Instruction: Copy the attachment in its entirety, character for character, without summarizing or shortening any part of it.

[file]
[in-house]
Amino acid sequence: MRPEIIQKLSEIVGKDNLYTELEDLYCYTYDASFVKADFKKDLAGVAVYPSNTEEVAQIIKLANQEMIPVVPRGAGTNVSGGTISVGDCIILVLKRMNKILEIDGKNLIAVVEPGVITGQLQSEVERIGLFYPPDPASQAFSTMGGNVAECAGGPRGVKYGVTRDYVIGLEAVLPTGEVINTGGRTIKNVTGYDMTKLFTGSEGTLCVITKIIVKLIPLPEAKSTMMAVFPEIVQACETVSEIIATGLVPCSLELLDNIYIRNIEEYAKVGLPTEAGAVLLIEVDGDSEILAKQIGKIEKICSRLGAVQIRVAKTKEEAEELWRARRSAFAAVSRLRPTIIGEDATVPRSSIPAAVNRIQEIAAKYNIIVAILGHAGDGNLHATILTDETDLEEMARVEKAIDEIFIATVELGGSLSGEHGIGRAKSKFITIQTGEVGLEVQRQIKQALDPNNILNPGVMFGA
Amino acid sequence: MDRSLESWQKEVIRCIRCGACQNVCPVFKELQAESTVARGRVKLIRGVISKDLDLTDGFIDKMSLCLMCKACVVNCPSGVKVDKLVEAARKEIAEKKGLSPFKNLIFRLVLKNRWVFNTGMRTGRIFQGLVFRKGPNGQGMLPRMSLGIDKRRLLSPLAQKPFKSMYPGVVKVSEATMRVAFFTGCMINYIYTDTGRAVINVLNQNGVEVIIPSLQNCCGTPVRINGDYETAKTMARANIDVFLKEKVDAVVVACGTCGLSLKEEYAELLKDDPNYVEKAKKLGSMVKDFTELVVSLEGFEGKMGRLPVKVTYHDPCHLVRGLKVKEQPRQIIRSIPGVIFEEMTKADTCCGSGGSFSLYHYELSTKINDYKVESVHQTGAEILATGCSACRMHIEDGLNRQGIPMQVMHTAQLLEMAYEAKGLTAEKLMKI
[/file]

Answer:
[in-house]
Amino acid sequence: MRPEIIQKLSEIVGKDNLYTELEDLYCYTYDASFVKADFKKDLAGVAVYPSNTEEVAQIIKLANQEMIPVVPRGAGTNVSGGTISVGDCIILVLKRMNKILEIDGKNLIAVVEPGVITGQLQSEVERIGLFYPPDPASQAFSTMGGNVAECAGGPRGVKYGVTRDYVIGLEAVLPTGEVINTGGRTIKNVTGYDMTKLFTGSEGTLCVITKIIVKLIPLPEAKSTMMAVFPEIVQACETVSEIIATGLVPCSLELLDNIYIRNIEEYAKVGLPTEAGAVLLIEVDGDSEILAKQIGKIEKICSRLGAVQIRVAKTKEEAEELWRARRSAFAAVSRLRPTIIGEDATVPRSSIPAAVNRIQEIAAKYNIIVAILGHAGDGNLHATILTDETDLEEMARVEKAIDEIFIATVELGGSLSGEHGIGRAKSKFITIQTGEVGLEVQRQIKQALDPNNILNPGVMFGA
Amino acid sequence: MDRSLESWQKEVIRCIRCGACQNVCPVFKELQAESTVARGRVKLIRGVISKDLDLTDGFIDKMSLCLMCKACVVNCPSGVKVDKLVEAARKEIAEKKGLSPFKNLIFRLVLKNRWVFNTGMRTGRIFQGLVFRKGPNGQGMLPRMSLGIDKRRLLSPLAQKPFKSMYPGVVKVSEATMRVAFFTGCMINYIYTDTGRAVINVLNQNGVEVIIPSLQNCCGTPVRINGDYETAKTMARANIDVFLKEKVDAVVVACGTCGLSLKEEYAELLKDDPNYVEKAKKLGSMVKDFTELVVSLEGFEGKMGRLPVKVTYHDPCHLVRGLKVKEQPRQIIRSIPGVIFEEMTKADTCCGSGGSFSLYHYELSTKINDYKVESVHQTGAEILATGCSACRMHIEDGLNRQGIPMQVMHTAQLLEMAYEAKGLTAEKLMKI